A miRNA can target numerous genes and act as either a tumor suppressor or oncogenic miRNA, depending on the function of targeted genes. Liu et al (17), reported that miR-142-5p promotes development of colorectal cancer by targeting succinate dehydrogenase complex iron sulfur subunit B. However, a study by Wang et al (18) showed that miR-142-5p targets PI3K-α to suppress tumorigenesis in non-small cell lung cancer. In human osteosarcoma, miR-142-5p also suppresses proliferation and promotes apoptosis by targeting phospholipase A and acyltransferase 3 (19). In the present study, miR-142-5p was shown to promote proliferation and migration of ccRCC cells by targeting TFAP2B, which is consistent with study results reported by Liu et al (20) that revealed that miR-142-5p promotes cell growth and migration of ccRCCs by targeting BTG anti-proliferation factor 3. These results revealed the importance of the miR-142-5p in ccRCC development.

TFAP2B expression has been previously detected in embryonic renal tissues and was found to be important for kidney development in mice (12). In 2004, immunohistochemical evidence first suggested that transcription factor AP-2 may play a role in carcinogenesis (21). Furthermore, using comprehensive bioinformatic analyses, RT-qPCR and immunohistochemistry, downregulation of TFAP2B has been found to be important not only for normal renal development and epithelial differentiation but also for mesenchymal/adipogenic transdifferentiation and pluripotent mesenchymal stem cell-like differentiation (22). To explore the regulation network of the TFAP2B in renal cancer, the current study also analyzed the interaction partners of TFAP2B. The results with STRING software indicated that p53, the well-known tumor suppressor gene, might be important for the downstream and upstream regulation of TFAP2B due to their interaction, which required further experiments to be confirmed. However, more experiments should be conducted to confirm this hypothesis in the future.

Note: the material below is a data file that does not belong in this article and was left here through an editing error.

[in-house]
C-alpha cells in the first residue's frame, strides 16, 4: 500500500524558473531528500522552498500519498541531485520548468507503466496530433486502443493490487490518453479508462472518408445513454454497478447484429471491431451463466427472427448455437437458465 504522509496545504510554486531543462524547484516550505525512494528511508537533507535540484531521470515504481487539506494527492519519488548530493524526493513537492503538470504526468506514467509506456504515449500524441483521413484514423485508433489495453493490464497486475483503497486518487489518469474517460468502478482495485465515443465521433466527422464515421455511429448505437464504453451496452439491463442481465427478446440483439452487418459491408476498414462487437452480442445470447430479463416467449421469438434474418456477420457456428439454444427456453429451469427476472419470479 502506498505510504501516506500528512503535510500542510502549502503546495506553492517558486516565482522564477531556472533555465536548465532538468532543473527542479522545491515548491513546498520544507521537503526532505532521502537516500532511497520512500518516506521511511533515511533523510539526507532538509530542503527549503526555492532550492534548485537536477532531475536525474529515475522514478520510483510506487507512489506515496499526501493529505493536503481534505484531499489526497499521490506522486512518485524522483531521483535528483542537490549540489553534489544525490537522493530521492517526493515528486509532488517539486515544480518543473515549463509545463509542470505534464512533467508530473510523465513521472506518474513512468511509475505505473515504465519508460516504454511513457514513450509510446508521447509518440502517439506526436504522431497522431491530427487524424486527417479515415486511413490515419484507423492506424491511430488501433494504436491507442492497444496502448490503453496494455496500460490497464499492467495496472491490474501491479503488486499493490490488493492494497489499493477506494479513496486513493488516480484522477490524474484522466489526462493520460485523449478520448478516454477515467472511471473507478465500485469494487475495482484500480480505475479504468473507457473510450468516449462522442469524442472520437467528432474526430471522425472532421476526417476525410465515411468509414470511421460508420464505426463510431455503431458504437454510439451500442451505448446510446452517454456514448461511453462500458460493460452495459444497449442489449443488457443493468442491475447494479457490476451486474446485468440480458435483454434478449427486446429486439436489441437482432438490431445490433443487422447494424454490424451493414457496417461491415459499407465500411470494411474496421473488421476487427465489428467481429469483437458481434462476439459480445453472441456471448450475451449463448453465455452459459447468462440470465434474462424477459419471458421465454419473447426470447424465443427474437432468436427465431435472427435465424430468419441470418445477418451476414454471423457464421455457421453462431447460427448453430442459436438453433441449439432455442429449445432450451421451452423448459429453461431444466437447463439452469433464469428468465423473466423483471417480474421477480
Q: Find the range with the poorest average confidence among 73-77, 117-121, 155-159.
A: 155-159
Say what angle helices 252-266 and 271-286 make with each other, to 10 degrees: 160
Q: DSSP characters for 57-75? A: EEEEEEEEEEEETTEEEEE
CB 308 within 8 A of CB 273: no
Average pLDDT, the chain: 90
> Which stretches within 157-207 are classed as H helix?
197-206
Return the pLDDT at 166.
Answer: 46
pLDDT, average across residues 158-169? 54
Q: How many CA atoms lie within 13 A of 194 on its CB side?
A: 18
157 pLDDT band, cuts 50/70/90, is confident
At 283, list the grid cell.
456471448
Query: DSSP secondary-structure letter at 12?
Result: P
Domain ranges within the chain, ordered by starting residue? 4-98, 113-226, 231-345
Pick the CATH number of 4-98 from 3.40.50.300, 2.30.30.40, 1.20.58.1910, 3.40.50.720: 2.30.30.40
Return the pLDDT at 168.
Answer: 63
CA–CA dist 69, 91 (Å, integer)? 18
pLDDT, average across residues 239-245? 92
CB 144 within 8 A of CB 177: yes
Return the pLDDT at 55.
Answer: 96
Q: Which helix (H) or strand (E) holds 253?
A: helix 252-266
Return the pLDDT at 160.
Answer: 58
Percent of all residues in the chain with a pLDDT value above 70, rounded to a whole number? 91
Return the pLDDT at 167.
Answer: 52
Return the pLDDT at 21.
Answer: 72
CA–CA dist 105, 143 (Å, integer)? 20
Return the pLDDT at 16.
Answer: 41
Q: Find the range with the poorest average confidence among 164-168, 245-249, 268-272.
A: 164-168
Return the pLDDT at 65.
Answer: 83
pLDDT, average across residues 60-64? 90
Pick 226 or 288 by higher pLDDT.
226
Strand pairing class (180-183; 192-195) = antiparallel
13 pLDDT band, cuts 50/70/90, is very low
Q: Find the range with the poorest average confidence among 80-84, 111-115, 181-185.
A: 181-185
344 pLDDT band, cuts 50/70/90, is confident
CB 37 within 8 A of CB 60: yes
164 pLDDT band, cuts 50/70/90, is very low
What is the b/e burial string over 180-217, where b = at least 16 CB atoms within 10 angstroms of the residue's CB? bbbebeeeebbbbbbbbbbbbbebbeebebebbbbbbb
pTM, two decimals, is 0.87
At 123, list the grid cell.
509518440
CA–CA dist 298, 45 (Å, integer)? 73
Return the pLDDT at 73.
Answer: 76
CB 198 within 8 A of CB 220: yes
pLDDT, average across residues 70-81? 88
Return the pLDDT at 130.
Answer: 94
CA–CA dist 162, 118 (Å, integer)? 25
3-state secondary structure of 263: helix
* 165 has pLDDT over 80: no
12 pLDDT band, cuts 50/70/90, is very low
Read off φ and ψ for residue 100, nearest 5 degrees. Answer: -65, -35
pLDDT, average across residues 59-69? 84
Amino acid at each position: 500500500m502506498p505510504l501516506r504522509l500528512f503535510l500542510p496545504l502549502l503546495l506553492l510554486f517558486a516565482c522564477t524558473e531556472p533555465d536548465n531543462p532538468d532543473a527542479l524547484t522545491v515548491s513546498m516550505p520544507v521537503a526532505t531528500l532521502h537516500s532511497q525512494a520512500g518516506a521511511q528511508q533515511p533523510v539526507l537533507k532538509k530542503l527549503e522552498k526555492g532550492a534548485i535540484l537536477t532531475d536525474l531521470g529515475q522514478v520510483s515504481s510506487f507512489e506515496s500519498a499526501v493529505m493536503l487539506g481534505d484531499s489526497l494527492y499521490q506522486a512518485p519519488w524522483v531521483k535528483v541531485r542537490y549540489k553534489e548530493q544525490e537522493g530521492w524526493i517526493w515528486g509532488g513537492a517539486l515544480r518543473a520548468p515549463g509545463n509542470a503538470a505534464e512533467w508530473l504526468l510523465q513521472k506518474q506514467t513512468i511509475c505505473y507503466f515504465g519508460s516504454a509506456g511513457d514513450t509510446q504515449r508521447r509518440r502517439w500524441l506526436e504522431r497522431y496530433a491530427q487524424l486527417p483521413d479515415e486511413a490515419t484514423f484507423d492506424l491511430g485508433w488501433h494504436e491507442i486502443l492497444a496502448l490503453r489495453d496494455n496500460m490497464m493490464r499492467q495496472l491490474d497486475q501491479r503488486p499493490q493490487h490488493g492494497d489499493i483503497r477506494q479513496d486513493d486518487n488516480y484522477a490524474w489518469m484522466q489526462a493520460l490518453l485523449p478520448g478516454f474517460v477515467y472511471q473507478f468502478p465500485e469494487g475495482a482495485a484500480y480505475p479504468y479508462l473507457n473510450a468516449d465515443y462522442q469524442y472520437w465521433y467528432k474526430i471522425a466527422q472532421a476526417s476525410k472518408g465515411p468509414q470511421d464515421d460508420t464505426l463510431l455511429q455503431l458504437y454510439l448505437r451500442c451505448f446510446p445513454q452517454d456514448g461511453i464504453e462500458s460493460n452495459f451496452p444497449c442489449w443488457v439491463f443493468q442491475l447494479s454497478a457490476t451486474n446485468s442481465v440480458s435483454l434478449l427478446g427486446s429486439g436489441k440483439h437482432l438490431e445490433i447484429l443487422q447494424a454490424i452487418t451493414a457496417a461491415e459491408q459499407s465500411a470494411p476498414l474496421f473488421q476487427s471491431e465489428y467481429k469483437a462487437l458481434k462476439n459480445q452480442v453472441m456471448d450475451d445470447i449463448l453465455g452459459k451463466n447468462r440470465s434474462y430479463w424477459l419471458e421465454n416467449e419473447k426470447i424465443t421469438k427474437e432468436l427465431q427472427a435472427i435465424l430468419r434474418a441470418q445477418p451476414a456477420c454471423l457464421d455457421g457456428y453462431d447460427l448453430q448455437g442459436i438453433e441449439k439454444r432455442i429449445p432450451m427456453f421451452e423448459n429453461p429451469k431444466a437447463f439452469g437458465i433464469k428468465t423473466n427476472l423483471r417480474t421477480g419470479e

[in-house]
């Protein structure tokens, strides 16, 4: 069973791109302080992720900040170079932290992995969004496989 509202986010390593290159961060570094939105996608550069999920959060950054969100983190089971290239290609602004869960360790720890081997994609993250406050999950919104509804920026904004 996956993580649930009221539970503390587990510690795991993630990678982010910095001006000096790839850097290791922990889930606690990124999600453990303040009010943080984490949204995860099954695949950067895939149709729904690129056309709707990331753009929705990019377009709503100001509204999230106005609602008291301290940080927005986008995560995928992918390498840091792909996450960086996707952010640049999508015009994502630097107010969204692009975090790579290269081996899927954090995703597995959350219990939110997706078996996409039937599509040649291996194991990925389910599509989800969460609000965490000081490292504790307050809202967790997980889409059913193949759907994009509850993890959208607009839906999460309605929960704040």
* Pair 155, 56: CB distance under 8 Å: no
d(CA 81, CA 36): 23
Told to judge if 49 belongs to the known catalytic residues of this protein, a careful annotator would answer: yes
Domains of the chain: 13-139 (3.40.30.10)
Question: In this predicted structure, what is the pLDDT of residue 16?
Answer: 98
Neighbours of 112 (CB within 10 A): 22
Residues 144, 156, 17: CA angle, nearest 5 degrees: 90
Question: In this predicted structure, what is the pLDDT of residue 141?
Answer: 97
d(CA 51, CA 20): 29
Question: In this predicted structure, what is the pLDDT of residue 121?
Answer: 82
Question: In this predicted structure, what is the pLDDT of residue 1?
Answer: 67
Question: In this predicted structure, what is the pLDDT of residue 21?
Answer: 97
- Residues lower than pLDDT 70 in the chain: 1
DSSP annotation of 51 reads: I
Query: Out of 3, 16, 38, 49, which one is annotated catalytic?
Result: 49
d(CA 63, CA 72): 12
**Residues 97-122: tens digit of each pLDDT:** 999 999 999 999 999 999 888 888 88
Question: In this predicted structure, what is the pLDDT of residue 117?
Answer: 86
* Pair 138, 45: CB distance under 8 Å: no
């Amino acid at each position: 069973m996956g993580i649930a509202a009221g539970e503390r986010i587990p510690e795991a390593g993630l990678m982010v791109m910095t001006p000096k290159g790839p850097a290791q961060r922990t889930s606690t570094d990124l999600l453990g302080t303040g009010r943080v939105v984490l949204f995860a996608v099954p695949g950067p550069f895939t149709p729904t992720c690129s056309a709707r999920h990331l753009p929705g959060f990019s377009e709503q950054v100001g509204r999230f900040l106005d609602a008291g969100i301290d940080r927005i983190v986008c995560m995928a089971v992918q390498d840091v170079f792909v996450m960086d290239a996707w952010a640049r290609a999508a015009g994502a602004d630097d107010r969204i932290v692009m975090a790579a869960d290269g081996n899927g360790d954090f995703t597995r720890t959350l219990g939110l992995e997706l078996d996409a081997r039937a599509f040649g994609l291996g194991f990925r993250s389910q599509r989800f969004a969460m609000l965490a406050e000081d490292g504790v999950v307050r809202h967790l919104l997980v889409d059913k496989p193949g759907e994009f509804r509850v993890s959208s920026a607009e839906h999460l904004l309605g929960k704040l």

There are some limitations in the present study, such as lack of rescue experiments, interference experiments of TFAP2B in cell lines, the limited number of ccRCC cell lines studied for functional assessment of the effects observed and the lack of reproductivity in the western blotting assays in other ccRCC cell lines. Although the detailed regulatory mechanistic functions of TFAP2B in driving cancer remain to be further explored, to the best of our knowledge, this study is the first to demonstrate TFAP2B regulation by miR-142-5p in ccRCC. In conclusion, miR-142-5p/TFAP2B pathway in ccRCC is described for the first time, which may provide novel targets for ccRCC therapy.

Supplementary Material

Supporting Data


Not applicable.


This research was supported by The Provincial Natural Science Foundation of Fujian (grant no. 2018D0022) and The Xiamen Science and Technology Guiding Program of China (grant no. 3502Z20189043).

Availability of data and materials

The datasets used and/or analyzed during the current study are available from the corresponding author on reasonable request.

Authors' contributions

MZ, LZ, JF and YL designed and performed the experiments. BS, KY, FL, LY and ML performed the experiments. All authors critically revised the manuscript. JF and YL supervised the project. All authors read and approved the final manuscript.

Ethics approval and consent to participate

Not applicable.

Patient consent for publication

Not applicable.

Competing interests

The authors declare that they have no competing interests.



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Zhu M, Zou L, Lu F, Ye L, Su B, Yang K, Lin M, Fu J and Li Y: miR‑142‑5p promotes renal cell tumorigenesis by targeting TFAP2B. Oncol Lett 20: 324, 2020
Zhu, M., Zou, L., Lu, F., Ye, L., Su, B., Yang, K. ... Li, Y. (2020). miR‑142‑5p promotes renal cell tumorigenesis by targeting TFAP2B. Oncology Letters, 20, 324.
Zhu, M., Zou, L., Lu, F., Ye, L., Su, B., Yang, K., Lin, M., Fu, J., Li, Y."miR‑142‑5p promotes renal cell tumorigenesis by targeting TFAP2B". Oncology Letters 20.6 (2020): 324.
Zhu, M., Zou, L., Lu, F., Ye, L., Su, B., Yang, K., Lin, M., Fu, J., Li, Y."miR‑142‑5p promotes renal cell tumorigenesis by targeting TFAP2B". Oncology Letters 20, no. 6 (2020): 324.